Applying Legal Theory to Racism in American Society

dc.contributor.authorHill, Rebecca
dc.descriptionHonors Thesis Spring 2020en_US
dc.description.abstractRacism has shown to be a trying part of American history. From slavery to mass incarceration, race relations has proved to be a dominant force in social, economic, and political aspects of society. The purpose of this paper is to demonstrate how the combination of the theories given by H.L.A. Hart, a British legal philosopher, and Derrick Bell, an American lawyer, professor, and civil rights activist, can be used to gain a more comprehensive view on the American legal system which can be used to show how there is room for reform under the current system. Racism has been prevalent throughout all of American history and so when thinking about the American legal system it is impossible to theorize about the system effectively without taking racism into account. While both Hart and Bell’s philosophical inquiries can be used separately, the combination of the two gives a more comprehensive view on how the American system operates. The value of this is that the combination of the two is more applicable to how the system operates in the real world.en_US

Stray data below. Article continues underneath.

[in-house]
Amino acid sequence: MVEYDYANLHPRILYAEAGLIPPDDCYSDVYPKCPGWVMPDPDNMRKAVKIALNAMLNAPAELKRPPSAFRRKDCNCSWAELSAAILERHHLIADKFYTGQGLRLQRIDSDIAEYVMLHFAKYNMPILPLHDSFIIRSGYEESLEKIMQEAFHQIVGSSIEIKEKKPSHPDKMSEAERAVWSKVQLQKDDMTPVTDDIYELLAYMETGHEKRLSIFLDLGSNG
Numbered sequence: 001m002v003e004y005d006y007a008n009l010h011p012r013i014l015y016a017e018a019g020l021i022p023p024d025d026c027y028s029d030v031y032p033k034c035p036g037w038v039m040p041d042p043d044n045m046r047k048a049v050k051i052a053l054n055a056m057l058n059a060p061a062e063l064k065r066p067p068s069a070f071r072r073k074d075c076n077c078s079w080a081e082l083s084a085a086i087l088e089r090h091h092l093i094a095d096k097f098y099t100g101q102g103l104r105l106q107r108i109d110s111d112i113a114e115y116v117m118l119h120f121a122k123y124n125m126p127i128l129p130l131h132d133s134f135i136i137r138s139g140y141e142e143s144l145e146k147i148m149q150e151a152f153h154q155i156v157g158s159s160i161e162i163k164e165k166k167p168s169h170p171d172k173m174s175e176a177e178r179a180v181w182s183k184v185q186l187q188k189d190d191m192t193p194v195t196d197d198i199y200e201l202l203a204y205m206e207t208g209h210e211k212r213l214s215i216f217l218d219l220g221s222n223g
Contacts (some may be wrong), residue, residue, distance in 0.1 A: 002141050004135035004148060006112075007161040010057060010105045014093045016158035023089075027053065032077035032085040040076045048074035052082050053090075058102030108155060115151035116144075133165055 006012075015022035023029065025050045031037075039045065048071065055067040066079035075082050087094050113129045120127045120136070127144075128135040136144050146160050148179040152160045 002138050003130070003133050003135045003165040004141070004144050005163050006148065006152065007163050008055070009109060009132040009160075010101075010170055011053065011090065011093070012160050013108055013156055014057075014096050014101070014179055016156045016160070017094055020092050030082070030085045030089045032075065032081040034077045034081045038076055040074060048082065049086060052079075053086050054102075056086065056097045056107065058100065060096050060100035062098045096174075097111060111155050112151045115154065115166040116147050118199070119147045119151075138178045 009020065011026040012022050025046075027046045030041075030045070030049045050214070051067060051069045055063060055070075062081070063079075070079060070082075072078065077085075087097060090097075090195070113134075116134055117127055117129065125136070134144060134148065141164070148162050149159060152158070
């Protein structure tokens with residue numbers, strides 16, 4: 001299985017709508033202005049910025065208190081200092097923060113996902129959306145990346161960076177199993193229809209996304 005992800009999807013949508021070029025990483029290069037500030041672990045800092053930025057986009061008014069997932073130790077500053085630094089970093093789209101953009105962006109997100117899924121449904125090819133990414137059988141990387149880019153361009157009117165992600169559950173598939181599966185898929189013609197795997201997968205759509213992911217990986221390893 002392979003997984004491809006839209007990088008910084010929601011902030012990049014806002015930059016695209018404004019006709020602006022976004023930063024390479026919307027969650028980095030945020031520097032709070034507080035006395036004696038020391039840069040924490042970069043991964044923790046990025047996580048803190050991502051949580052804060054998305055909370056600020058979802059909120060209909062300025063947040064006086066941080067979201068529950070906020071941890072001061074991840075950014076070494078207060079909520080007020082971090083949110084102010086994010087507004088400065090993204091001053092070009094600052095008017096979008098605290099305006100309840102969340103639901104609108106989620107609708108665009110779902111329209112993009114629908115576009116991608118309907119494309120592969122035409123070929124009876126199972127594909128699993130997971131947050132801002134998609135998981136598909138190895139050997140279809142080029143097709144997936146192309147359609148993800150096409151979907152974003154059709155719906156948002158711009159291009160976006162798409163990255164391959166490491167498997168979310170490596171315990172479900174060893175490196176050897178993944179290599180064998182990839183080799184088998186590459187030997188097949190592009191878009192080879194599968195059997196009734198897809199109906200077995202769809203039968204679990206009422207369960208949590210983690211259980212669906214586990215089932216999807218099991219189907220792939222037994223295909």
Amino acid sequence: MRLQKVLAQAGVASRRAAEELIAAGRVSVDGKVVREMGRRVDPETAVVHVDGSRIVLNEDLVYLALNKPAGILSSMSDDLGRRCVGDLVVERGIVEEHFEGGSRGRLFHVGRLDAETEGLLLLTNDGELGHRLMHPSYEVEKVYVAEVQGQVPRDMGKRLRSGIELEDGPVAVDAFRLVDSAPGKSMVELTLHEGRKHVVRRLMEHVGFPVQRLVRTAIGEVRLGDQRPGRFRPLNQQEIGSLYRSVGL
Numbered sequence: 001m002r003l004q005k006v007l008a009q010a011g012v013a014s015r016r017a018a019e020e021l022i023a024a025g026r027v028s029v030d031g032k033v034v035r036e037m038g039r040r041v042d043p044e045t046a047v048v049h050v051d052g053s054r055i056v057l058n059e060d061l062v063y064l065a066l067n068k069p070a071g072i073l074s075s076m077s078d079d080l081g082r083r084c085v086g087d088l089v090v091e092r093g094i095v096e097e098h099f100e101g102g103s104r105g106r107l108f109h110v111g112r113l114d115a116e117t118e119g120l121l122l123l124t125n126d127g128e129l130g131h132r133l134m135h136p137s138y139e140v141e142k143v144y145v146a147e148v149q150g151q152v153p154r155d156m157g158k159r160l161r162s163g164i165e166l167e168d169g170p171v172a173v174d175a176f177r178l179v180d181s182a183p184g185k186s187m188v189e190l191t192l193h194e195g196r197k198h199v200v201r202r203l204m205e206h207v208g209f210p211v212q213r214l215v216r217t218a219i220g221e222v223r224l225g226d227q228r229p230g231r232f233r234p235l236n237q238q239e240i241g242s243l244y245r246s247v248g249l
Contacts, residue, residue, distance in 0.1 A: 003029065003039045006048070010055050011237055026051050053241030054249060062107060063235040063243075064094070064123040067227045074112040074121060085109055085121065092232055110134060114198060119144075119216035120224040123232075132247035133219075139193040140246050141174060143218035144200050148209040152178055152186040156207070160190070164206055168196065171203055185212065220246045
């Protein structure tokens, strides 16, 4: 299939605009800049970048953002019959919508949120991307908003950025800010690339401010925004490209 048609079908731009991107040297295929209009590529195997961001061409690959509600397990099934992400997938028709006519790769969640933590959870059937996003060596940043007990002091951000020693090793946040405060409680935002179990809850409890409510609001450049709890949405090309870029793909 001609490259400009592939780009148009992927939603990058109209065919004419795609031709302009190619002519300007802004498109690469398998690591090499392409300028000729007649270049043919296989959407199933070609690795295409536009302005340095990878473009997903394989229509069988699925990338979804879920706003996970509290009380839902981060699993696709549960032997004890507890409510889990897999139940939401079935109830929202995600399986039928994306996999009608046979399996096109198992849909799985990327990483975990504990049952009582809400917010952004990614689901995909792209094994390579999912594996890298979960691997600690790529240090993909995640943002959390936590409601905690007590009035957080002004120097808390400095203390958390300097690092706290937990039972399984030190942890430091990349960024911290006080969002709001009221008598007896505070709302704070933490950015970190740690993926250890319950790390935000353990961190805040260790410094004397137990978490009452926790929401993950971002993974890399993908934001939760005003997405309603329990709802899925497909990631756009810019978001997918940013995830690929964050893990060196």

dc.publisherFlorida Southern Collegeen_US
dc.subjectRace awarenessen_US
dc.subjectRace discrimination -- Law and legislationen_US
dc.subjectThe Anti-Drug Abuse Act of 1986en_US
dc.subjectViolent Crime Control and Law Enforcement Act of 1994en_US
dc.subjectImprisonment -- United States -- Historyen_US
dc.subjectCriminal justice, Administration of -- United States -- Historyen_US
dc.subjectCivil rights -- United Statesen_US
dc.titleApplying Legal Theory to Racism in American Societyen_US
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